New Ballot Initiative Proposal Will Legalize Marijuana in Ohio

In 2015, a ballot initiative that would legalize marijuana in Ohio failed to garner enough votes to pass. But now the same group is proposing another initiative for November 2018 that will do the same.

Jimmy Gould is the chairman of Green Light Acquisitions, a medical marijuana company in Ohio. He unveiled a new ballot initiative proposal today to legalize recreational marijuana. Gould will now begin collecting the 305,592 signatures needed to put the initiative on the ballot next November.

The initiative Gould is proposing would be regulate marijuana just like the alcohol industry in the state. It would allow cities to determine whether or not to allow dispensaries in their jurisdictions, public consumption of cannabis would not be allowed, and anyone 21-years-old or older would be allowed to grow their own marijuana at home.

Gould was previously part of a group called ResponsibleOhio that was able to get a marijuana legalization bill on the 2015 ballot in the state. However, two-thirds of voters rejected the initiative, and it failed to receive a majority in all 88 counties in Ohio. Gould says this new proposal is "is as different from [the previous ballot initiative] as night and day,'' and that he spent more time getting the details right on this one.

The question is whether Ohio voters will make such a turnaround in just three years. While a record number of Americans support marijuana legalization than ever before, expecting that a state that only supported recreational cannabis with 33 percent of the vote to suddenly gain 18 percent of support in three years is pretty unlikely. But then again, there are more success stories coming out of Colorado, Washington and Oregon since then, as well as the launch of Nevada and the upcoming legalization in California, all of which could be used as evidence to support the new initiative.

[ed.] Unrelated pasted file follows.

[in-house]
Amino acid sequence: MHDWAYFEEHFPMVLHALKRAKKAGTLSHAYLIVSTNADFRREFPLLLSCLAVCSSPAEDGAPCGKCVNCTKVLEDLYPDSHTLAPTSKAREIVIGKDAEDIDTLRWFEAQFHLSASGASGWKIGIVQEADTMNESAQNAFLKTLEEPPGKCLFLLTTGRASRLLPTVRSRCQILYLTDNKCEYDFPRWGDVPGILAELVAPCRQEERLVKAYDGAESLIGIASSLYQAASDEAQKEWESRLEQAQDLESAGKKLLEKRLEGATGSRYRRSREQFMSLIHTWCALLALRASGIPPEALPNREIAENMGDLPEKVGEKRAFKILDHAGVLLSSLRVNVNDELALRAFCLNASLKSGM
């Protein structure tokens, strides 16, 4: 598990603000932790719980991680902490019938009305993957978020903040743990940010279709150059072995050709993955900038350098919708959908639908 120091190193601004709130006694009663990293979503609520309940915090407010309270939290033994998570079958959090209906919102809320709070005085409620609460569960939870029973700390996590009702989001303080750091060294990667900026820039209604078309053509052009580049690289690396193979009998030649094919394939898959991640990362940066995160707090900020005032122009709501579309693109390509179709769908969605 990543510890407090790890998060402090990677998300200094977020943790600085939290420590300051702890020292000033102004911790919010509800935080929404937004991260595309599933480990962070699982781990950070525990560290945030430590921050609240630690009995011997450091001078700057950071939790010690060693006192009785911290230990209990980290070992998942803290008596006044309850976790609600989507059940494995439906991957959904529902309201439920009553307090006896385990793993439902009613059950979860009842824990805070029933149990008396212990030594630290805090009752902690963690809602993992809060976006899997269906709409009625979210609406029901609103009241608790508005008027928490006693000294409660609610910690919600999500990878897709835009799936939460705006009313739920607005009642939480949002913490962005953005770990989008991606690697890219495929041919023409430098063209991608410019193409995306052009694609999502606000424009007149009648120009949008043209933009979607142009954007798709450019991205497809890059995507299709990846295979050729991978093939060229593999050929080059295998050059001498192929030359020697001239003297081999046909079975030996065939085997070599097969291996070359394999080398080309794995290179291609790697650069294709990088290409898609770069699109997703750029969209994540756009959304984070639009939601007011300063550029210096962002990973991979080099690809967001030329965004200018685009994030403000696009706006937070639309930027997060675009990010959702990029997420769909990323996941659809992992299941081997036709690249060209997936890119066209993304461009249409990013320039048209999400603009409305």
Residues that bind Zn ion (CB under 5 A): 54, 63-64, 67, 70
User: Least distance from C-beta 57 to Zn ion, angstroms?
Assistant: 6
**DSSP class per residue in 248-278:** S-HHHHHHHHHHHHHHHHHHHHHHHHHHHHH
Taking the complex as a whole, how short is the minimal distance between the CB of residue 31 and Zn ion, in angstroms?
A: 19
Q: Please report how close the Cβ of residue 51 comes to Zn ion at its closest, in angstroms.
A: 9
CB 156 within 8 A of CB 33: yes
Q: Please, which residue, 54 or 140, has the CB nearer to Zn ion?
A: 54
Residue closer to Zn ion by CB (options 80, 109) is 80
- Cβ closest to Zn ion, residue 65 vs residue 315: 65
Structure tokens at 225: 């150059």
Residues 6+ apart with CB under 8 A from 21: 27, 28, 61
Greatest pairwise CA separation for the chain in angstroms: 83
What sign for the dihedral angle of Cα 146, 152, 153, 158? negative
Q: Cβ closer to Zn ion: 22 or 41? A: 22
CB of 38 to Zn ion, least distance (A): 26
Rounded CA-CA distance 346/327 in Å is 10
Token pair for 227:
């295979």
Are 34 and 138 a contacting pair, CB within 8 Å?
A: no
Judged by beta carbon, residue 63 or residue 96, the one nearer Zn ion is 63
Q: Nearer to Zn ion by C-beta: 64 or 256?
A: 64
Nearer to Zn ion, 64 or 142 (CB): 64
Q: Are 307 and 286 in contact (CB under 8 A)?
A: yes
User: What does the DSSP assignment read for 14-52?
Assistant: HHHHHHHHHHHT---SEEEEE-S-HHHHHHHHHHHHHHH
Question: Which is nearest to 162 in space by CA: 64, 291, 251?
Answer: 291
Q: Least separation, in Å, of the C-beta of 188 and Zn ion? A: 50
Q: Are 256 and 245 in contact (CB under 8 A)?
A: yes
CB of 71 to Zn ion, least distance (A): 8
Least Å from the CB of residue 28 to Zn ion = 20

But the initiative still needs to collect over 300,00 signatures before it can even be voted on, so don't begin your house hunting in Cleveland just yet.

(h/t Cincinnati)


Because it has been illegal or stigmatized for decades, the body of cannabis research available is, in many ways, incomplete. But Canada’s federal government is taking advantage of the country’s status as the only G7 country to have legalized marijuana and addressing that issue. It was announced yesterday that nearly 25 million dollars will be used to fund cannabis research in Canada.

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